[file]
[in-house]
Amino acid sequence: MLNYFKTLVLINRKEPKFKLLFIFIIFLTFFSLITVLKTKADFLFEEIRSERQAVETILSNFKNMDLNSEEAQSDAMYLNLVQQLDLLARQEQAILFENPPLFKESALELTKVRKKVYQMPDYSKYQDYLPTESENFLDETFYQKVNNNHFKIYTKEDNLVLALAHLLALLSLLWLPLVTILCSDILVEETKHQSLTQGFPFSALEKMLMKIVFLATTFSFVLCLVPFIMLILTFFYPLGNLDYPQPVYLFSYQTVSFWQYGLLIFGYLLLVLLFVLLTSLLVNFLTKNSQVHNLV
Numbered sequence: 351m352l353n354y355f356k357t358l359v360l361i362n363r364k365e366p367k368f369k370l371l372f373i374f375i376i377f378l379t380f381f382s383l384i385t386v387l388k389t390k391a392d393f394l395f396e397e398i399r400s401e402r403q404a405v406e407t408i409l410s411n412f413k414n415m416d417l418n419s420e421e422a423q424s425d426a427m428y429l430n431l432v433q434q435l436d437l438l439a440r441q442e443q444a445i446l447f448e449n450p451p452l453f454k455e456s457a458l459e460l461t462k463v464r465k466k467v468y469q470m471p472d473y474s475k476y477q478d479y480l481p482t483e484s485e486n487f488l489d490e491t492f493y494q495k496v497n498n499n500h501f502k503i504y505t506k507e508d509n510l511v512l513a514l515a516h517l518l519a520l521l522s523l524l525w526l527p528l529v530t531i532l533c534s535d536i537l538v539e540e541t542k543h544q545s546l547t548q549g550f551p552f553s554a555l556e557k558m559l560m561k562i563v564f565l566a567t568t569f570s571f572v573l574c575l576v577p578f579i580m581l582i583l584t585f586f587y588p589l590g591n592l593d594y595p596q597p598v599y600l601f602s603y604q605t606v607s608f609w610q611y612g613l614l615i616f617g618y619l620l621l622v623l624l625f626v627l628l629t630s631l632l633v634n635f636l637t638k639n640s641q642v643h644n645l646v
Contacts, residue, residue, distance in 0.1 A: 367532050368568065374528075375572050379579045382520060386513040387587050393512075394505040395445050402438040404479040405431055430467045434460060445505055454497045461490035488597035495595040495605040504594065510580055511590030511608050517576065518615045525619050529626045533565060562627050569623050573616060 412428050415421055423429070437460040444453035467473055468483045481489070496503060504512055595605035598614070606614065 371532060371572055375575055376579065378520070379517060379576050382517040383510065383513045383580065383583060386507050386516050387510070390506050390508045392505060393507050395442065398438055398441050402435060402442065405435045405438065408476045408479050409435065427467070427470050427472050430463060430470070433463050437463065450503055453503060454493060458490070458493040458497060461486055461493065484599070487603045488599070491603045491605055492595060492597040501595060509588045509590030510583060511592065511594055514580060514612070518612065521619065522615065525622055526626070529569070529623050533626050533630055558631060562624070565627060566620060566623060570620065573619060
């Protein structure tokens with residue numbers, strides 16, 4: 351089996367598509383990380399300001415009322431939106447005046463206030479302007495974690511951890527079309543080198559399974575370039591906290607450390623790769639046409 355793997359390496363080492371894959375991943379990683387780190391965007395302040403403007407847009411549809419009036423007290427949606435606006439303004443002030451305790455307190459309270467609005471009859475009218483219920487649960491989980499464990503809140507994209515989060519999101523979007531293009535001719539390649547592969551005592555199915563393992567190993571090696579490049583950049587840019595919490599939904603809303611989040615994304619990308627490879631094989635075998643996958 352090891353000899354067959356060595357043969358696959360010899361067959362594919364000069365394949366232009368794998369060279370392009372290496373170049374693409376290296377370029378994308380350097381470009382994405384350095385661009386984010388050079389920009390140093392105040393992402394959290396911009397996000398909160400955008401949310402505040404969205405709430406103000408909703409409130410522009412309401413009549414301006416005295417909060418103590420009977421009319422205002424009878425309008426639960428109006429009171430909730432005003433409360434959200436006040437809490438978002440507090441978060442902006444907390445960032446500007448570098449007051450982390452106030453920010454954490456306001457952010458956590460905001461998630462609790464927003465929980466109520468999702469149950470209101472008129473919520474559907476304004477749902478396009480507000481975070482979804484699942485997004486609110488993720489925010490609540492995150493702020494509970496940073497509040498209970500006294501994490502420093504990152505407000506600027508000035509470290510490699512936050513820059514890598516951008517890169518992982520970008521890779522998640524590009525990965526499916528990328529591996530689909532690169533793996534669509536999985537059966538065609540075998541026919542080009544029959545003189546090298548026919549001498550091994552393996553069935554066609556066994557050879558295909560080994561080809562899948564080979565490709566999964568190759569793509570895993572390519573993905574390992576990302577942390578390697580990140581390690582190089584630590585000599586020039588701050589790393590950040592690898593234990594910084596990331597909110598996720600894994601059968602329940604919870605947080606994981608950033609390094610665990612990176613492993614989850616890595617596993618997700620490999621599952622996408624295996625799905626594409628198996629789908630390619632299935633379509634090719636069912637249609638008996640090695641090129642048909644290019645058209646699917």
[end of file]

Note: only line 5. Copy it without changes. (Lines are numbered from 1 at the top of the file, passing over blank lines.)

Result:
């Protein structure tokens with residue numbers, strides 16, 4: 351089996367598509383990380399300001415009322431939106447005046463206030479302007495974690511951890527079309543080198559399974575370039591906290607450390623790769639046409 355793997359390496363080492371894959375991943379990683387780190391965007395302040403403007407847009411549809419009036423007290427949606435606006439303004443002030451305790455307190459309270467609005471009859475009218483219920487649960491989980499464990503809140507994209515989060519999101523979007531293009535001719539390649547592969551005592555199915563393992567190993571090696579490049583950049587840019595919490599939904603809303611989040615994304619990308627490879631094989635075998643996958 352090891353000899354067959356060595357043969358696959360010899361067959362594919364000069365394949366232009368794998369060279370392009372290496373170049374693409376290296377370029378994308380350097381470009382994405384350095385661009386984010388050079389920009390140093392105040393992402394959290396911009397996000398909160400955008401949310402505040404969205405709430406103000408909703409409130410522009412309401413009549414301006416005295417909060418103590420009977421009319422205002424009878425309008426639960428109006429009171430909730432005003433409360434959200436006040437809490438978002440507090441978060442902006444907390445960032446500007448570098449007051450982390452106030453920010454954490456306001457952010458956590460905001461998630462609790464927003465929980466109520468999702469149950470209101472008129473919520474559907476304004477749902478396009480507000481975070482979804484699942485997004486609110488993720489925010490609540492995150493702020494509970496940073497509040498209970500006294501994490502420093504990152505407000506600027508000035509470290510490699512936050513820059514890598516951008517890169518992982520970008521890779522998640524590009525990965526499916528990328529591996530689909532690169533793996534669509536999985537059966538065609540075998541026919542080009544029959545003189546090298548026919549001498550091994552393996553069935554066609556066994557050879558295909560080994561080809562899948564080979565490709566999964568190759569793509570895993572390519573993905574390992576990302577942390578390697580990140581390690582190089584630590585000599586020039588701050589790393590950040592690898593234990594910084596990331597909110598996720600894994601059968602329940604919870605947080606994981608950033609390094610665990612990176613492993614989850616890595617596993618997700620490999621599952622996408624295996625799905626594409628198996629789908630390619632299935633379509634090719636069912637249609638008996640090695641090129642048909644290019645058209646699917």